Sunday, March 26, 2017

World Theatre Day Message 2017 by Isabelle Huppert

So, here we are once more. Gathered again in Spring, 55 years since our inaugural meeting, to celebrate World Theatre Day. Just one day, 24 hours, is dedicated to celebrating theatre around the world. And here we are in Paris, the premier city in the world for attracting international theatre groups, to venerate the art of theatre. Paris is a world city, fit to contain the globes theatre traditions in a day of celebration; from here in France’s capital we can transport ourselves to Japan by experiencing Noh and Bunraku theatre, trace a line from here to thoughts and expressions as diverse as Peking Opera and Kathakali; the stage allows us to linger between Greece and Scandinavia as we envelope ourselves in Aeschylus and Ibsen, Sophocles and Strindberg; it allows us to flit between Britain and Italy as we reverberate between Sarah Kane and Prinadello. Within these twenty-four hours we may be taken from France to Russia, from Racine and Moliere to Chekhov; we can even cross the Atlantic as a bolt of inspiration to serve on a Campus in California, enticing a young student there to reinvent and make their name in theatre. 

Indeed, theatre has such a thriving life that it defies space and time; its most contemporary pieces are nourished by the achievements of past centuries, and even the most classical repertories become modern and vital each time they are played anew. Theatre is always reborn from its ashes, shedding only its previous conventions in its new-fangled forms: that is how it stays alive. 

World Theatre Day then, is obviously no ordinary day to be lumped in with the procession of others. It grants us access to an immense space-time continuum via the sheer majesty of the global canon. To enable me the ability to conceptualise this, allow me to quote a French playwright, as brilliant as he was discreet, Jean Tardieu: When thinking of space, Tardieu says it is sensible to ask “what is the longest path from one to another?”...For time, he suggests measuring, “in tenths of a second, the time it takes to pronounce the word ‘eternity’”…For space-time, however, he says: “before you fall asleep , fix your mind upon two points of space, and calculate the time it takes, in a dream, to go from one to the other”. It is the phrase in a dream that has always stuck with me. It seems as though Tardieu and Bob Wilson met. We can also summarise the temporal uniqueness of World Theatre day by quoting the words of Samuel Beckett, who makes the character Winnie say, in his expeditious style: “Oh what a beautiful day it will have been”. When thinking of this message, that I feel honoured to have been asked to write, I remembered all the dreams of all these scenes. As such, it is fair to say that I did not come to this UNESCO hall alone; every character I have ever played is here with me, roles that seem to leave when the curtain falls, but who have carved out an underground life within me, waiting to assist or destroy the roles that follow; Phaedra, Araminte, Orlando, Hedda Gabbler, Medea, Merteuil, Blanche DuBois….Also supplementing me as I stand before you today are all the characters I loved and applauded as a spectator. And so it is, therefore, that I belong to the world. I am Greek, African, Syrian, Venetian, Russian, Brazilian, Persian, Roman, Japanese, a New Yorker, a Marseillais, Filipino, Argentinian, Norwegian, Korean, German, Austrian, English – a true citizen of the world, by virtue of the personal ensemble that exists within me. For it is here, on the stage and in the theatre, that we find true globalization.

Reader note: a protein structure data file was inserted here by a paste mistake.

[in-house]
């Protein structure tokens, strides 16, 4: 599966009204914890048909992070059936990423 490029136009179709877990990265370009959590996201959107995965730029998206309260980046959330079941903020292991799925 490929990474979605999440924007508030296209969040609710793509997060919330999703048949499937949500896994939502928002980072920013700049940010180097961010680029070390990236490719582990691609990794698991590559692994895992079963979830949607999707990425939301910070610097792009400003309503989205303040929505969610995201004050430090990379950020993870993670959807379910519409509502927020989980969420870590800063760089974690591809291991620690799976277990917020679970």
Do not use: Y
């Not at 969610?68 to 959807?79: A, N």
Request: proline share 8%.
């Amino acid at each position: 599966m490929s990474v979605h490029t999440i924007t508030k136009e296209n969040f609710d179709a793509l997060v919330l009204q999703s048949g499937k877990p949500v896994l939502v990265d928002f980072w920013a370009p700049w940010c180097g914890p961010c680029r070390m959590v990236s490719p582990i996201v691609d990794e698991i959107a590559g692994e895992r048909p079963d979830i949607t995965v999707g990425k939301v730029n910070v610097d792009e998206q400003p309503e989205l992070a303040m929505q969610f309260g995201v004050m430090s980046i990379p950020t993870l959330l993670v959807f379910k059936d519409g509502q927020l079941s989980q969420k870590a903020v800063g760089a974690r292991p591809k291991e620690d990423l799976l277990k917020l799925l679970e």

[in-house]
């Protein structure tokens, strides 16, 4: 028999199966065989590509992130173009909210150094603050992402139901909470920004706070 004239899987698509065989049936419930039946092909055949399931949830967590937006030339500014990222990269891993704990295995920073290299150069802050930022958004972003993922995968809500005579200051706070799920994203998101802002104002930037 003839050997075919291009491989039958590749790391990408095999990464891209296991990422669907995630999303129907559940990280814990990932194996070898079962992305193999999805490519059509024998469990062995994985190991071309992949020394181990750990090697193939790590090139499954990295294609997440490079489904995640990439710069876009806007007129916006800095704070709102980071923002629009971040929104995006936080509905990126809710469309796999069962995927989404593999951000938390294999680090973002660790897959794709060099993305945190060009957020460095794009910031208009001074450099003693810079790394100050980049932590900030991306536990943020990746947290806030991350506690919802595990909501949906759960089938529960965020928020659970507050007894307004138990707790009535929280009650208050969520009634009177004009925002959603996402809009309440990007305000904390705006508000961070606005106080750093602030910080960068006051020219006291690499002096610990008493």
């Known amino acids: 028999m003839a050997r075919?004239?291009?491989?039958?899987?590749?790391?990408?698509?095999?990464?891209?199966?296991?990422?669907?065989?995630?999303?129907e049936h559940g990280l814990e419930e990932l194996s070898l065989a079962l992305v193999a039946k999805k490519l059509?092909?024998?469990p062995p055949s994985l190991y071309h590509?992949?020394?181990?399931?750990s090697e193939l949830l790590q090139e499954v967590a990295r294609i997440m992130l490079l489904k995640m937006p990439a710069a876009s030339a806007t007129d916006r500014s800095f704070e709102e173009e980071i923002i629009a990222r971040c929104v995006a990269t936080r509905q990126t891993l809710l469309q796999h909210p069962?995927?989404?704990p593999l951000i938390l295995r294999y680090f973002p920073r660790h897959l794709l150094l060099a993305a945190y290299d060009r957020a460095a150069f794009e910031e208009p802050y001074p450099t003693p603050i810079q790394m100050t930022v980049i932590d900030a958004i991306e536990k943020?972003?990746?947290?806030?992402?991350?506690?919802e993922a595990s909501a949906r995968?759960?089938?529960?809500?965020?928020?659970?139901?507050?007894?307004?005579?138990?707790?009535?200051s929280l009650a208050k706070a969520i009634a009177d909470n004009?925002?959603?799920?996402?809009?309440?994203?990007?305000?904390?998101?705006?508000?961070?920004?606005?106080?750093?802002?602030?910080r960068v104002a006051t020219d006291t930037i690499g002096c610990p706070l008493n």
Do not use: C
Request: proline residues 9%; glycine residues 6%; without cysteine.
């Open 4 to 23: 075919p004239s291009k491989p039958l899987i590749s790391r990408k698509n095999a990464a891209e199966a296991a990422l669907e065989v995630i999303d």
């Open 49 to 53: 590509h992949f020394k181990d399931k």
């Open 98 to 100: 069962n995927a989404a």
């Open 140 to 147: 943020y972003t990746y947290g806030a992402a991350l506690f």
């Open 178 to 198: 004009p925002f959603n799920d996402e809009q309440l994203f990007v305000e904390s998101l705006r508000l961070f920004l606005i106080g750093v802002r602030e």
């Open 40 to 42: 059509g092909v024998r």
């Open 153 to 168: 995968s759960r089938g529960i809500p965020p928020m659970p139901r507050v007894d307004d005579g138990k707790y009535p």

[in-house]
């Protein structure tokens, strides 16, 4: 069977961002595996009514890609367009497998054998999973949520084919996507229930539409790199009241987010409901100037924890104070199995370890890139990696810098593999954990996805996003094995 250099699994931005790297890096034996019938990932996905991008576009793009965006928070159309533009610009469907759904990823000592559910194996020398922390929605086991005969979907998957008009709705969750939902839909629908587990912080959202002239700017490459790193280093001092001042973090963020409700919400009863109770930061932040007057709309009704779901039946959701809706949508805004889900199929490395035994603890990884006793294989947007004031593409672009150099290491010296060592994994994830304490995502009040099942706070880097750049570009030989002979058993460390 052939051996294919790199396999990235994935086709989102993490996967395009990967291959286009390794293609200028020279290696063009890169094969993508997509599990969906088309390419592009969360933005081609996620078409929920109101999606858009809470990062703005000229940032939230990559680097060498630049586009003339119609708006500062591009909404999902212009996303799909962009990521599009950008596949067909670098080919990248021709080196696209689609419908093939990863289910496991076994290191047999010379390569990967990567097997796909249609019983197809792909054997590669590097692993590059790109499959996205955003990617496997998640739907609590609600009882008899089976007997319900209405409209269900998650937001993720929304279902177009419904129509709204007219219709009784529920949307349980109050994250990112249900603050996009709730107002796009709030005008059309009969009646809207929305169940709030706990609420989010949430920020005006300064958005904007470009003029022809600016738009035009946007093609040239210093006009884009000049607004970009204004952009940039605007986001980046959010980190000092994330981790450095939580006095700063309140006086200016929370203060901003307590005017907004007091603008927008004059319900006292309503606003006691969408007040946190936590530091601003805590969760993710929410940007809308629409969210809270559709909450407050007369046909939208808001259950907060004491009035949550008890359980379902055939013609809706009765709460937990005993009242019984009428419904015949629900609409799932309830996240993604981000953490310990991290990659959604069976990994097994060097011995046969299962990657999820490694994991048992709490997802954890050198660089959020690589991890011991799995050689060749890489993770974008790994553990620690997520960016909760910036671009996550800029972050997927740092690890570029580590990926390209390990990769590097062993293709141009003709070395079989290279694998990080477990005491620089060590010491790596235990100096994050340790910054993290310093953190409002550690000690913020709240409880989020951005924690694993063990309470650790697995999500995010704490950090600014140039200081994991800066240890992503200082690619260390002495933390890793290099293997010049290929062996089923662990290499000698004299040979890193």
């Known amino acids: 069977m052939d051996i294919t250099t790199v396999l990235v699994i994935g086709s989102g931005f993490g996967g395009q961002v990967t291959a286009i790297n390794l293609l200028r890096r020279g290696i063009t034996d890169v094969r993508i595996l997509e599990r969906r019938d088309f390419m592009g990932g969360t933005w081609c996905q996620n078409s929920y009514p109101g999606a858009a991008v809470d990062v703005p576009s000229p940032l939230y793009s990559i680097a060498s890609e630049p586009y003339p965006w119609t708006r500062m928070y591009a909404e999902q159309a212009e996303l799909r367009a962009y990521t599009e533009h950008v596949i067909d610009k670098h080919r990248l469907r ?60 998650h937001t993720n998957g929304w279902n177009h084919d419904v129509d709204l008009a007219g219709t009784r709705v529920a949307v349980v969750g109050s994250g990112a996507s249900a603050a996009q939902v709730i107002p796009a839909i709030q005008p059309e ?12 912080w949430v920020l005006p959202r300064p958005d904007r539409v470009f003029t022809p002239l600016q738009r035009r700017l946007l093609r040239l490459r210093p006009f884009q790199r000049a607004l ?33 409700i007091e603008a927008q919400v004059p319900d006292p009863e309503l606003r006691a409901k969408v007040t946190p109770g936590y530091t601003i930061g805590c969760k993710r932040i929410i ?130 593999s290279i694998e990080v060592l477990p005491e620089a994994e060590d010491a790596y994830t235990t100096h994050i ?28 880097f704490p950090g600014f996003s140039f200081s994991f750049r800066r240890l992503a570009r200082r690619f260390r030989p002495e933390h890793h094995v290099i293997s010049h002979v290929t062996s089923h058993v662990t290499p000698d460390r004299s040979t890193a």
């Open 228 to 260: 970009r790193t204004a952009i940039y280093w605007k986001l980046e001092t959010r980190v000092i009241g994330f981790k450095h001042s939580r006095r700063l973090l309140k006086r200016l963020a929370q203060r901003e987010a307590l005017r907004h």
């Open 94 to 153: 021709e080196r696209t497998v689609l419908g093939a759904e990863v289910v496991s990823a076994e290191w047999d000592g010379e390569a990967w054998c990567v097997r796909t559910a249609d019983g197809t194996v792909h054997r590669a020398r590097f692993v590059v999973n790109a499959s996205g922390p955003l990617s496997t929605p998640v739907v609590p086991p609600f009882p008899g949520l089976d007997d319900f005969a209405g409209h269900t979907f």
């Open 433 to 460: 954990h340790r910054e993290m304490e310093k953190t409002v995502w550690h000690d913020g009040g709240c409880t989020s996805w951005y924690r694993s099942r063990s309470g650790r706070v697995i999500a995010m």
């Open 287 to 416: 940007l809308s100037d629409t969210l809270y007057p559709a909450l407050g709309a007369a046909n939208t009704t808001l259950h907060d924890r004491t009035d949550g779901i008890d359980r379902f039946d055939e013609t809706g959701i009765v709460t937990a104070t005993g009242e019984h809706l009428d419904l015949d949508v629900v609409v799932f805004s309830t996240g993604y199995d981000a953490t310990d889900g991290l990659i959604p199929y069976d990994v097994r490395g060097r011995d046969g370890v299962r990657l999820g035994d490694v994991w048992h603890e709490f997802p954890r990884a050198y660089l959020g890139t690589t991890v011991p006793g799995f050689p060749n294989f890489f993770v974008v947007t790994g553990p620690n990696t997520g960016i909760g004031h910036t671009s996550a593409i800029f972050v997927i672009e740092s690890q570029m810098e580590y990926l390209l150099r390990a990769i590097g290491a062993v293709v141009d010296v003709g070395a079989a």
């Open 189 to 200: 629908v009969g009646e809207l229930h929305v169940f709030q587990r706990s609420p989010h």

On World Theatre Day in 1964, Laurence Olivier announced that, after more than a century of struggle, a National Theatre has just been created in the United Kingdom, which he immediately wanted to morph into an international theatre, at least in terms of its repertoire. He knew well that Shakespeare belonged to the world. In researching the writing of this message, I was glad to learn that the inaugural World Theatre Day message of 1962 was entrusted to Jean Cocteau, a fitting candidate due to his authoring of the book ‘Around the World Again in 80 Days’. This made me realise that I have gone around the world differently. I did it in 80 shows or 80 movies. I include movies in this as I do not differentiate between playing theatre and playing movies, which surprises even me each time I say it, but it is true, that’s how it is, I see no difference between the two.
Speaking here I am not myself, I am not an actress, I am just one of the many people that theatre uses as a conduit to exist, and it is my duty to be receptive to this - or, in other words, we do not make theatre exist, it is rather thanks to theatre that we exist. The theatre is very strong. It resists and survives everything, wars, censors, penury. 

It is enough to say that “the stage is a naked scene from an indeterminate time” – all’s it needs is an actor. Or an actress. What are they going to do? What are they going to say? Will they talk? The public waits, it will know, for without the public there is no theatre – never forget this. One person alone is an audience. But let’s hope there are not too many empty seats! Productions of Ionesco’s productions are always full, and he represents this artistic valour candidly and beautifully by having, at the end of one of his plays, and old lady say; “Yes, Yes, die in full glory. Let’s die to enter the legend…at least we will have our street…”

World Theatre Day has existed for 55 years now. In 55 years, I am the eighth woman to be invited to pronounce a message – if you can call this a ‘message’ that is. My predecessors (oh, how the male of the species imposes itself!) spoke about the theatre of imagination, freedom, and originality in order to evoke beauty, multiculturalism and pose unanswerable questions. In 2013, just four years ago, Dario Fo said: “The only solution to the crisis lies in the hope of the great witch-hunt against us, especially against young people who want to learn the art of theatre: thus a new diaspora of actors will emerge, who will undoubtedly draw from this constraint unimaginable benefits by finding a new representation”. Unimaginable Benefits – sounds like a nice formula, worthy to be included in any political rhetoric, don’t you think?...